Found 30 - 40 results of 61 programs matching keyword " audio art"
A detailed demonstration of how to make a cup speaker, including a discussion of materials needed. The science behind the Cup Speaker activity, including how electromagnets work, and how in this activity the magnet pushes the bottom of a cup back and forth, vibrating the air and creating sound. An introduction to an activity that lets you discover the secret colors hidden in black ink. With a paper towel, a black marker, and a cup of water, create a rainbow of colors while exploring capillary action and chromatography. Explore the science behind this activity, including capillary action (how the water moves up the paper) and chromatography, or how different elements of the ink are carried along at different rates, allowing you to see that black ink is actually made up of many different colors. Dr. Laura Peticolas is a physicist at UC Berkeley's Space Physics Research group. She studies the Aurora to learn more about the Earth and the workings of our Solar System. She's currently working with NASA's Mars data to understand why the Martian aurora looks the way it does. In this podcast she discusses her research, her inspiration and how and why scientists sonify data. Astrophysicist and native Hawaiian Dr. Paul Coleman is used to operating in the worlds of both science and spiritual tradition. But in this short podcast, he tells a story of one time when those two worlds clashed, and he was reminded of the importance of remembering his native roots.
Astrophysicist Paul Coleman and expert ocean navigator Kalepa Baybayan visited the Exploratorium as advisors to our Polynesian Navigation project—a large-scale Web resource (launching April 2010) that will feature the astounding navigation practices of the Pacific Islanders, who were expertly navigating the Pacific thousands of years before the arrival of Europeans.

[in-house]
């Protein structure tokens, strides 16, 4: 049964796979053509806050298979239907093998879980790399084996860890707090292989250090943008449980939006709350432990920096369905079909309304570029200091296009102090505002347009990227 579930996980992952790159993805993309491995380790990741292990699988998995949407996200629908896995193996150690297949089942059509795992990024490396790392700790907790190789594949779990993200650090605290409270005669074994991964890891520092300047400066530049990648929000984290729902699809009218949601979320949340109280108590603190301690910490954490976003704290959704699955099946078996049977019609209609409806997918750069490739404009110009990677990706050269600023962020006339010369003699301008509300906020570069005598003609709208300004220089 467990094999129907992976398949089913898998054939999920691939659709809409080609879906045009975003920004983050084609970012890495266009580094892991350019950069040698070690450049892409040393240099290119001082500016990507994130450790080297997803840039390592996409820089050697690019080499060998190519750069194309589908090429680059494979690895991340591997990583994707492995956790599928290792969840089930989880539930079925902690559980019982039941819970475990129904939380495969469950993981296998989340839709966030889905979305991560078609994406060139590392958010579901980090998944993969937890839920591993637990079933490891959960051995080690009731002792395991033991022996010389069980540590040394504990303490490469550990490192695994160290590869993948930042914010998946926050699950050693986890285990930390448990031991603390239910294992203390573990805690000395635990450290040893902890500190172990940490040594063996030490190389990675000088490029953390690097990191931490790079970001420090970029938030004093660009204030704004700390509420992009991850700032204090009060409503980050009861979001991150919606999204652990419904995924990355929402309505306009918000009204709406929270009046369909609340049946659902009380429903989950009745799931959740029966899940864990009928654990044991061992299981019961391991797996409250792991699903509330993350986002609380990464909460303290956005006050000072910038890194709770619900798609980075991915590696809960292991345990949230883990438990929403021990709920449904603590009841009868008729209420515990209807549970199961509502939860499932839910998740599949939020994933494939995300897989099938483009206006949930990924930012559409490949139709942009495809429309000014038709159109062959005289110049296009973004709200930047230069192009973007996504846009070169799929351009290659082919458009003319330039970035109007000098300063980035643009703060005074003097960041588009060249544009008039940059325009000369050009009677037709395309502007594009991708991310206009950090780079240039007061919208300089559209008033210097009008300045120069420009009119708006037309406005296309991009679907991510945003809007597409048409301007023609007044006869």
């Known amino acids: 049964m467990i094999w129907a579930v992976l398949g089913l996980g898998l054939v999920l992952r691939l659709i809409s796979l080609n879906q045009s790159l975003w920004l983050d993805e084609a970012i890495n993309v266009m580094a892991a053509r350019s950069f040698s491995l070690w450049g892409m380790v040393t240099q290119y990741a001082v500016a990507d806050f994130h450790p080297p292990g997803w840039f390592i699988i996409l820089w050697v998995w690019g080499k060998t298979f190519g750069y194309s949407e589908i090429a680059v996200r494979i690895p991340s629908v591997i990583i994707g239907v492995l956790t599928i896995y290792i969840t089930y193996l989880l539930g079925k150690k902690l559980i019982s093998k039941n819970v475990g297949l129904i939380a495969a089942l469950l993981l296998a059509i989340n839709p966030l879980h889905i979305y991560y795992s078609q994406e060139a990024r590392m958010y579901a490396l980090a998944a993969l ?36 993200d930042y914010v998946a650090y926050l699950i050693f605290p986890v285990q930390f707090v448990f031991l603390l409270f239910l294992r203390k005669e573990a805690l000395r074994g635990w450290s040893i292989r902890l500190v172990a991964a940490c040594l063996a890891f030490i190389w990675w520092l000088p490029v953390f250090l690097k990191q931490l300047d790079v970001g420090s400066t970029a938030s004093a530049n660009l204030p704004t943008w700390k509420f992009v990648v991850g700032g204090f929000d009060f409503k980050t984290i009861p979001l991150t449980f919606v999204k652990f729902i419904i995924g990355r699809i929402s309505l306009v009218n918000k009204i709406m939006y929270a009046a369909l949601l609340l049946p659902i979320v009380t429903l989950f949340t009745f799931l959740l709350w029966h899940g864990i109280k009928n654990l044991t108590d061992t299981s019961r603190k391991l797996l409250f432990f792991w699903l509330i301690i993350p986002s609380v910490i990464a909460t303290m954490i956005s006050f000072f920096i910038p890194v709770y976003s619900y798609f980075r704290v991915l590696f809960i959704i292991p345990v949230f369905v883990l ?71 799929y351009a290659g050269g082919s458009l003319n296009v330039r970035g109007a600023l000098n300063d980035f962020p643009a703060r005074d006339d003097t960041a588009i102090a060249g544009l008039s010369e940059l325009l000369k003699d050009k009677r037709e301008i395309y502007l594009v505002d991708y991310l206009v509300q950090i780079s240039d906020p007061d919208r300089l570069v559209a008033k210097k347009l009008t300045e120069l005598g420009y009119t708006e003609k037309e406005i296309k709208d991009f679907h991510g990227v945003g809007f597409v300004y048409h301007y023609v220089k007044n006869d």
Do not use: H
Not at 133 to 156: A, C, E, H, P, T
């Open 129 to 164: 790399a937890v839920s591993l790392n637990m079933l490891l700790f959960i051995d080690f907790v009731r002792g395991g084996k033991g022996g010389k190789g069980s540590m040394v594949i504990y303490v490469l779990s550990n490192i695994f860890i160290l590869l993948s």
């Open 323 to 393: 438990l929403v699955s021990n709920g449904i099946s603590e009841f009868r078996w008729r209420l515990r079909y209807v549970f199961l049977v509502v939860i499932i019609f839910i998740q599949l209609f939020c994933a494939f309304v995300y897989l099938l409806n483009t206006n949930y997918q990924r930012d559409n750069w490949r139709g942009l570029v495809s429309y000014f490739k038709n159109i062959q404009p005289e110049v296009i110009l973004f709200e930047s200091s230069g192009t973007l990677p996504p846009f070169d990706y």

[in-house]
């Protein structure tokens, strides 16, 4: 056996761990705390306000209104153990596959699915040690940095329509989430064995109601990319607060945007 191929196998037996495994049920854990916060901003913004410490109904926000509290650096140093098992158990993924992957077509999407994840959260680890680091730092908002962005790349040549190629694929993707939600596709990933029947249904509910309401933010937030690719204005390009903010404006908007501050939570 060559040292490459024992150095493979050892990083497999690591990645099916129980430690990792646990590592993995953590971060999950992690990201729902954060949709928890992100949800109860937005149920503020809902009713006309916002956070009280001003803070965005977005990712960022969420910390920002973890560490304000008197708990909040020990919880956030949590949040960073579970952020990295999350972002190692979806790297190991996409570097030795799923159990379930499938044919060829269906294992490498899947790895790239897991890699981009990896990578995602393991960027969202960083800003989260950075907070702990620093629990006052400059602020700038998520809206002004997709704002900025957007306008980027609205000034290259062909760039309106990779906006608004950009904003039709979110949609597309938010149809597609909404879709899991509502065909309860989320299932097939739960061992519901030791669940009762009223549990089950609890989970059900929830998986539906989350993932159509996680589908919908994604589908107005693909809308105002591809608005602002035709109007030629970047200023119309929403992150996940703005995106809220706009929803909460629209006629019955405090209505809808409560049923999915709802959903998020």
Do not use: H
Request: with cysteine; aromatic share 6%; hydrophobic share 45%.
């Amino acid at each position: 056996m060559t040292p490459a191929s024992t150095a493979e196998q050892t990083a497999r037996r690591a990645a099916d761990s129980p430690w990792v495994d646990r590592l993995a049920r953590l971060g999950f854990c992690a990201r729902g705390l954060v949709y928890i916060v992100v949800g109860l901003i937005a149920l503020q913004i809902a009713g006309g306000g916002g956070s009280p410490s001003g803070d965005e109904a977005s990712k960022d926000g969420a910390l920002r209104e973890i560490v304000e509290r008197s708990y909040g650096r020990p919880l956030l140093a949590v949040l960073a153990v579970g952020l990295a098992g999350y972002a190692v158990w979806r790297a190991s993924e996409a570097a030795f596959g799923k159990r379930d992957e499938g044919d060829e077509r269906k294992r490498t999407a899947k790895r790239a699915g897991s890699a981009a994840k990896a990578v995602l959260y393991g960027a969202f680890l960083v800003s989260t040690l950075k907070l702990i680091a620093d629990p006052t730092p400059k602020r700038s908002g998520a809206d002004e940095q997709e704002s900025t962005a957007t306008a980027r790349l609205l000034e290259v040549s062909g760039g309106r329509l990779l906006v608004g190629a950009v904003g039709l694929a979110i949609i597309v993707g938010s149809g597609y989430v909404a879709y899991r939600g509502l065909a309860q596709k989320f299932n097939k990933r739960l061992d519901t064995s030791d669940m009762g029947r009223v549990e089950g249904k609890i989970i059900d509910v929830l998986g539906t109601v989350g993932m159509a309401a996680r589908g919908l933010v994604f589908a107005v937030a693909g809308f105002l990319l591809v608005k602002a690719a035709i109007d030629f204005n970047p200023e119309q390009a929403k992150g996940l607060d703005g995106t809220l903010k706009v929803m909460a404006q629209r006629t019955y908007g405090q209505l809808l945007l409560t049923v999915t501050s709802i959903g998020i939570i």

Paul Coleman works at the University of Hawaii Institute for Astronomy, where he concentrates on the large-scale structure of the universe. Kalepa Baybayan is an expert navigator who mentors Hawaiian youth in native navigation practices. Both men are native Hawaiians. We spoke with them about traditional navigation practices, the balance between science and spirituality from a native perspective, and the benefits of being grounded in one’s culture.
NPR, or Neighborhood Public Radio is an artists collective and community radio project founded in 2004 by multimedia artists and educators Lee Montgomery, Jon Brumit and Michael Trigilio.
Acting as a traveling band of guerilla broadcasters, NPR personnel have hosted thematic broadcasts from San Francisco to Serbia, including a stint at the 2008 Whitney Biennial. What is Neighborhood Public Radio? Imagine a storefront community radio station open to you. You get access to the airwaves regardless of your qualifications or message.
We caught up with the founders of the now-decentralized NPR team, in Oakland, Chicago and San Diego to talk about the technical, social and political aspects of broadcasting, and about their tattoos.
As a special treat for our listeners we thought it would be fun to ask Lee, Jon and Michael to create a new Audio-Art piece for our Podcast series. The idea was simple. They would each create a composition that was no more than 5 minutes long, and we would layer all three parts together to create a single new work. Visit the link at the bottom to hear the results.
Snow Mirror is the first in a series of pieces that celebrate slowness and black and white, in this piece the image of the viewer is created by the congregation and accumulation of white snow flakes in areas of the image that are brighter. The result is projected on a transparent silk fabric which creates a feeling of the flakes being suspended in space. Artist Daniel Rozin will be featured in the Exploratorium's 2009 exhibition, Reflections. Shaking Time Mirror is the forth of the "Time Series" Software Mirrors. This series of software mirrors examines notions of time, scanning, motion and stagnation. In Shaking Time Mirror only areas of movement on the screen are refreshed with current video, the rest of the screen ages and turns into a gray stagnant crust. When a viewer moves in front of the piece the crust flakes of and revels the full colored image of the viewer, which gradually grays back. Artist Daniel Rozin will be featured in the Exploratorium's summer exhibition, Reflections.